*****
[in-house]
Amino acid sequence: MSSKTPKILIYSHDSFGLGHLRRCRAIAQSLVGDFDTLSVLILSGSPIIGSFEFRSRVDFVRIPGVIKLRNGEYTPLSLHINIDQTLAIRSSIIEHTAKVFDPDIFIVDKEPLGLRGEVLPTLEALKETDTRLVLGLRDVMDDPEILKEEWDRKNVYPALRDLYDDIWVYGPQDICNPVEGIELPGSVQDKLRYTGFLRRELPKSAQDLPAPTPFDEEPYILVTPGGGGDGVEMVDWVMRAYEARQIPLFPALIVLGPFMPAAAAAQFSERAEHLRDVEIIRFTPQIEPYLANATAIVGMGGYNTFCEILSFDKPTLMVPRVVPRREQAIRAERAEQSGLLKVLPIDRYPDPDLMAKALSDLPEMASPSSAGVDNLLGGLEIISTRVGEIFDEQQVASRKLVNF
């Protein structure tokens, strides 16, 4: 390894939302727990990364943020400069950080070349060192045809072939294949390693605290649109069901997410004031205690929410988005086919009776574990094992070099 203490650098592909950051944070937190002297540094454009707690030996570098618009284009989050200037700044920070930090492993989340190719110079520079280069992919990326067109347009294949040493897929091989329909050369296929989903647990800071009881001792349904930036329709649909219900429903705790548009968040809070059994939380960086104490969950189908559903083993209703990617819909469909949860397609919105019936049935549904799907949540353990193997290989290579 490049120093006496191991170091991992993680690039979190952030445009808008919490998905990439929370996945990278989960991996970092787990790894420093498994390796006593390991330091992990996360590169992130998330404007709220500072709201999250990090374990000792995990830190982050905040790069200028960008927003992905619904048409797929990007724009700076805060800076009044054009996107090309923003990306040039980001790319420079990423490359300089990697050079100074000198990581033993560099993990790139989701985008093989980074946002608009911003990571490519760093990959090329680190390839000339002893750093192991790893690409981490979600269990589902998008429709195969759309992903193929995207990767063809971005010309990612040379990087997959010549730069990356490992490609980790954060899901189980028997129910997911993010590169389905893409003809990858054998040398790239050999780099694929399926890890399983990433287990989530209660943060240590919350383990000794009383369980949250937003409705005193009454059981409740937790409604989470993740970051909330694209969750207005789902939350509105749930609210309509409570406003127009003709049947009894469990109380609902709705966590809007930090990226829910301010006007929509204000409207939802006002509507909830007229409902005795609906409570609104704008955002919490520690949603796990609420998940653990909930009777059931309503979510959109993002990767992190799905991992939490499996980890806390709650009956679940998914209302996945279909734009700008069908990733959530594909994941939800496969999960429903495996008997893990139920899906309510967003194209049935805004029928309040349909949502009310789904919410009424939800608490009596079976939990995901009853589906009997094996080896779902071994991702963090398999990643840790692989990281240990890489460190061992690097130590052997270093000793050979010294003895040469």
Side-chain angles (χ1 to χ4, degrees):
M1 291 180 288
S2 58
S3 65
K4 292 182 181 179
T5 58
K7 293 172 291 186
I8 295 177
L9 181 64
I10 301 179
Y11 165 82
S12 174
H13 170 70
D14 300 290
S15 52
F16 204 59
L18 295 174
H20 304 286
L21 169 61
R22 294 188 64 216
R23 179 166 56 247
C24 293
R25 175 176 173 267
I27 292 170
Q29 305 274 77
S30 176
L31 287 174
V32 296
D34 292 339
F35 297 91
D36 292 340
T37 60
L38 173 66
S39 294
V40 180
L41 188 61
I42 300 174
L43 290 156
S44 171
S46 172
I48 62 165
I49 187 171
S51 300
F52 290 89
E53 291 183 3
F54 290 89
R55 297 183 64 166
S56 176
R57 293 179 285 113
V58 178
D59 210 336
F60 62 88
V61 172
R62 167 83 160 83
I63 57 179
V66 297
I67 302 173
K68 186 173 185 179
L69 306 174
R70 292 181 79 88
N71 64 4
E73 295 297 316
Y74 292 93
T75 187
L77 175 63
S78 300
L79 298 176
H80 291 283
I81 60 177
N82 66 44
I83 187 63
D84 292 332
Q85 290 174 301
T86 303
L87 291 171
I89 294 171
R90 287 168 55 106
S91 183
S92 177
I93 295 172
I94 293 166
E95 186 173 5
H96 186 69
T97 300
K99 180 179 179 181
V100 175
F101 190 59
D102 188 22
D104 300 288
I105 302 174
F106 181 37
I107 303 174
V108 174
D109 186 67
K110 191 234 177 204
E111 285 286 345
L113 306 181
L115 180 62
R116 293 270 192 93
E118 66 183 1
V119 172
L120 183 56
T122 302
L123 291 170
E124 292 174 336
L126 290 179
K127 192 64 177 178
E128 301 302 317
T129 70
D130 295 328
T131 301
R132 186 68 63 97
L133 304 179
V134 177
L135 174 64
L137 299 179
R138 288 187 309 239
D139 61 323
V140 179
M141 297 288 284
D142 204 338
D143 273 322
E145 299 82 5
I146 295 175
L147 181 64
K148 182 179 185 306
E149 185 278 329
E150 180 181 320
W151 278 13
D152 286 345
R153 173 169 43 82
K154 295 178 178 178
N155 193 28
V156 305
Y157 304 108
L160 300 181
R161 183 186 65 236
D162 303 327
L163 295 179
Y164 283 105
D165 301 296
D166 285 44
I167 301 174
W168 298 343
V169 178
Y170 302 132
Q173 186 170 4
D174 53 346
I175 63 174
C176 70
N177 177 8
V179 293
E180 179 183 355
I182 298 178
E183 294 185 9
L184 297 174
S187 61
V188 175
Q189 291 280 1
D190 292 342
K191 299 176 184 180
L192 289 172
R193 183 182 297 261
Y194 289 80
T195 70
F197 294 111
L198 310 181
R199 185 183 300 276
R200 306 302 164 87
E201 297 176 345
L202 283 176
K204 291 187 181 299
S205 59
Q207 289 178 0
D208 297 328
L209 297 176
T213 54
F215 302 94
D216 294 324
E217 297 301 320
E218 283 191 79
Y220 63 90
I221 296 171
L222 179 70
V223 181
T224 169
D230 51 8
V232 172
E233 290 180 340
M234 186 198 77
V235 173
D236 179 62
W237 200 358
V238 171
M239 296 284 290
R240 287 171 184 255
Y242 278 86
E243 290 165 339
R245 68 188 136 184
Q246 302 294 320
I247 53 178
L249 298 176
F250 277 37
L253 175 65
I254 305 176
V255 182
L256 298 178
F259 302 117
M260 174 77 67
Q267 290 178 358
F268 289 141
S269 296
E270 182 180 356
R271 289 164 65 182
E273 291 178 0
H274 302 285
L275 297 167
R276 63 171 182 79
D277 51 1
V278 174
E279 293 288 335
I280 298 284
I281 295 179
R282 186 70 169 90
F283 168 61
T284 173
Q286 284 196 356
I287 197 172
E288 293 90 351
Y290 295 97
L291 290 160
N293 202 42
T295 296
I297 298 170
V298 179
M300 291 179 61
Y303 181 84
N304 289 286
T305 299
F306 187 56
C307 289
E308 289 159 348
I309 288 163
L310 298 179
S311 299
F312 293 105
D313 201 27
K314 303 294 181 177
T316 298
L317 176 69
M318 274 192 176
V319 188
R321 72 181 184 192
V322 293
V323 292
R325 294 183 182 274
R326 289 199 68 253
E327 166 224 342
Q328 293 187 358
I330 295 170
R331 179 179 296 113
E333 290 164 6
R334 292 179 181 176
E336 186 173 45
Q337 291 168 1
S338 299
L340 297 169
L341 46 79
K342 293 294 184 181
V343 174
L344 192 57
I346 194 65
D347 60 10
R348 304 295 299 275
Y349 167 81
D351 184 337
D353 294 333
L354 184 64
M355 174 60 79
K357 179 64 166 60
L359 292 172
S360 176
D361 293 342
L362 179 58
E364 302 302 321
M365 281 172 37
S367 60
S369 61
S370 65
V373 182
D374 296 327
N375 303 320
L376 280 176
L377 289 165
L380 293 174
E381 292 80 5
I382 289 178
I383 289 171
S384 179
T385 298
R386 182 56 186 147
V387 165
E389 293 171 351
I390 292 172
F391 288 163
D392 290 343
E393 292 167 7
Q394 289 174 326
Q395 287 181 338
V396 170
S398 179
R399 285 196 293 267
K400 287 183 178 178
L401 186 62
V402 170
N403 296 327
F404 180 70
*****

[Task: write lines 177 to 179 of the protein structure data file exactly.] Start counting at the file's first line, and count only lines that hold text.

Q207 289 178 0
D208 297 328
L209 297 176